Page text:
The list of publishers shunning ad exchanges is thinning rapidly.
Gawker Media is the latest publisher to succumb to market pressure. It has quietly opened up a private marketplace of its own in recent weeks as part of what it calls a “strategy shift.” Previously, Gawker said advertisers could only buy inventory directly from one of its salespeople. Select clients will now be able to bid for impressions on the site on a real-time basis, using demand-side platforms and agency trading desks.
“It’s rather a big step for us after years of playing down the ad tech game,” admitted Gawker Media’s business development lead, Erin Pettigrew. The decision was driven by a need “to keep pace with the fast-automating display buying market,” she explained.
The exchange will get going fully next year, but Gawker has already started selling some impressions through its Google-powered exchange. The company is currently experimenting with the types of opportunities it can offer clients, it said, including features such as retailer retargeting.
Some holes need plugging, too. On Thursday, some Gawker impressions were ending up on Google’s open exchange and were swiftly being snapped up by advertisers like pay-per-click ad firm Wordstream, and online retailer HiLine coffee. The long-term plan is not to make Gawker inventory widely available, Pettigrew stressed. The goal is to keep tight control over specifically who can access it, and how.
Last year, Gawker CEO Nick Denton told his employees that “the days of the banner advertisement are numbered” and that the future of the company’s revenues was in sponsored content and its “discussion platform” instead. This summer his hatred of banner ads seemed to have softened slightly when he made clear to Digiday that the company would cater to advertisers’ needs with more viewable display ad impressions. Once upon a time, Gawker chose to run artwork in its ad slots instead of backfilling with network ads, too.
The company’s sales strategy is now to have its salespeople focused on selling its custom programs through its Studio@Gawker unit, and to let technology handle the selling of its standardized display inventory.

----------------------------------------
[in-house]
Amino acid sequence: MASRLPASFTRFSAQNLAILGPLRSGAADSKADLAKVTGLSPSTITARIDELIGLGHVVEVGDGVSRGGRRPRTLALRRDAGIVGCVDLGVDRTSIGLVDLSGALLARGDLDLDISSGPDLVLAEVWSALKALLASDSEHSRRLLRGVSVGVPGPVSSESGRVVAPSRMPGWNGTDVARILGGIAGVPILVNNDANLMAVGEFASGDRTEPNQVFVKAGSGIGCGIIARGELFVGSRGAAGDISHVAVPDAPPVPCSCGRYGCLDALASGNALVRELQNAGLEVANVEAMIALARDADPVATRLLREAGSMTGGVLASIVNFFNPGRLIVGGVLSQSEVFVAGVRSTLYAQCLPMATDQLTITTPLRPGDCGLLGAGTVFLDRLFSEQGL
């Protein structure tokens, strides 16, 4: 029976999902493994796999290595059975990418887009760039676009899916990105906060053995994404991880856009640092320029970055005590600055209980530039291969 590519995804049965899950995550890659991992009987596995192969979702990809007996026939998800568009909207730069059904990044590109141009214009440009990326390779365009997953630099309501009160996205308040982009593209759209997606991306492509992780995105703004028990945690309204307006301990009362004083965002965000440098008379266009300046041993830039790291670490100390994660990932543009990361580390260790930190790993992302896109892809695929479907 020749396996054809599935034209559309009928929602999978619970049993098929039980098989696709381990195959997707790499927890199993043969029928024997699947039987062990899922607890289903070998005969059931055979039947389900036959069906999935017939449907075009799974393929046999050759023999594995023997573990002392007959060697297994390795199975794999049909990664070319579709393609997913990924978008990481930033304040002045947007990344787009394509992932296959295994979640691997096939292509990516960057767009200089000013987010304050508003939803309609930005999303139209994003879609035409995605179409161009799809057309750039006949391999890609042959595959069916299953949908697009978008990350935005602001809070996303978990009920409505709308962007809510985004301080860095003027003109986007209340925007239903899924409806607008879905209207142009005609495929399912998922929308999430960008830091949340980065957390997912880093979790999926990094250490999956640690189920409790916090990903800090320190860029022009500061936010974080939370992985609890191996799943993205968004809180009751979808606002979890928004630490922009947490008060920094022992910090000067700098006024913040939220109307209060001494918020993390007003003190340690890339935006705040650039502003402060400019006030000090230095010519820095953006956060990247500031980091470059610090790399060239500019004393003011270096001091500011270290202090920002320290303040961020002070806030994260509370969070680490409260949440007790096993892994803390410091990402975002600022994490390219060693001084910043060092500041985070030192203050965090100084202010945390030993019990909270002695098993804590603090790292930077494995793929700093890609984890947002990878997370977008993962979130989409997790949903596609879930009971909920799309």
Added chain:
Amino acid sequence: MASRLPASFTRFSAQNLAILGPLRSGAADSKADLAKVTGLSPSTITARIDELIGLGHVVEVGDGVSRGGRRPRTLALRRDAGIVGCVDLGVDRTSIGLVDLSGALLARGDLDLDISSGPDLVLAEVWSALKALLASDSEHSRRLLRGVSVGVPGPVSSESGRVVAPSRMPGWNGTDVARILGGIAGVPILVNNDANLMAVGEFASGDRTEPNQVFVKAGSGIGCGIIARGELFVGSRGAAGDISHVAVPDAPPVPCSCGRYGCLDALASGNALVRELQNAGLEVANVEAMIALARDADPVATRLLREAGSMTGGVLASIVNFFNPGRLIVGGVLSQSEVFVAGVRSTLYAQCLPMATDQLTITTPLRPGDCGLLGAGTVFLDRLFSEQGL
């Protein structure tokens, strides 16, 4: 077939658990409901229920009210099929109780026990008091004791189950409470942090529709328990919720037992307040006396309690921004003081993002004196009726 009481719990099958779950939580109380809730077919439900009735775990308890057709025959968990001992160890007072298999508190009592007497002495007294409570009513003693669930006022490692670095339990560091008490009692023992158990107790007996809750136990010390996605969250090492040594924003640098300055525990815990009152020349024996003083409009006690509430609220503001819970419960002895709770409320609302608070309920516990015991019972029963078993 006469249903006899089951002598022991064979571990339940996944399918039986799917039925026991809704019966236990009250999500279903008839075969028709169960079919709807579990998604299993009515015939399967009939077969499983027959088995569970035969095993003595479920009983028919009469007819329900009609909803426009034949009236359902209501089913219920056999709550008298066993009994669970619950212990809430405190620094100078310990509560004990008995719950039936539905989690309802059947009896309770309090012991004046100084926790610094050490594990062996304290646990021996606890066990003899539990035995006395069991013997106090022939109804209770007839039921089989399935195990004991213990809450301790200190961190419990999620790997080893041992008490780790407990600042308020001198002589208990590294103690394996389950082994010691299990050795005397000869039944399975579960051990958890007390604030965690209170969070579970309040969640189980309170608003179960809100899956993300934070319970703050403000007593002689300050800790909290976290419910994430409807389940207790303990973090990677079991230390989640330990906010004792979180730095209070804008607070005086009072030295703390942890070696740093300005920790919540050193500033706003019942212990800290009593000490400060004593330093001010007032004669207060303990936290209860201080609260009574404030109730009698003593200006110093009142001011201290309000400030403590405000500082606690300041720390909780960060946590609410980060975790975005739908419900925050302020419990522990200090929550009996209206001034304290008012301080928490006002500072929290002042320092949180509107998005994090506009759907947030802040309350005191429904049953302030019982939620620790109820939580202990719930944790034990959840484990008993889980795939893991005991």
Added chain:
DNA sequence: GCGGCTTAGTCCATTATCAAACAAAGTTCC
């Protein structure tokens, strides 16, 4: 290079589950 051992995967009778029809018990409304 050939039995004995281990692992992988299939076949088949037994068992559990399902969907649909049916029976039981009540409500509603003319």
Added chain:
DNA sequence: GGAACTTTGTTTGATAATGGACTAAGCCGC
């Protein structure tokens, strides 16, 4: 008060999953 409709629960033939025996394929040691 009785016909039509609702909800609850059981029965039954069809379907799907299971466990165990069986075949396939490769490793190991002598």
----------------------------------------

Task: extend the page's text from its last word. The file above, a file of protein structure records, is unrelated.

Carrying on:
“We expect our advertising to bifurcate between the branded content produced by Studio@Gawker that we sell directly and efficient, targeted display media sold via a private exchange,” Pettigrew said.
Gawker Media isn’t the only company to do something of a u-turn when it comes to programmatic selling. Major media companies once said they intended to avoid it altogether but eventually backtracked as agencies made it clear they intend to spend more of their clients’ budgets through automated channels.
Earlier this year, Turner said it refused to sell through exchanges, for example, but last week opened a private exchange, admitting that it needed to “evolve” its strategy. In September, USA Today attempted to kick networks and exchanges off its site completely. One year later, DSPs say they’re seeing “millions of opportunities” to bid on its inventory every day.
That’s because when it comes to programmatic selling, the horse has left the stable. Agencies say they’re desperate to buy more of their media programmatically. They’re becoming less interested in the messy process of dealing with salespeople and faxing insertion orders, and want technology to do the heavy lifting.
If publishers want a piece of advertisers’ display budgets, they have little choice but to play ball.
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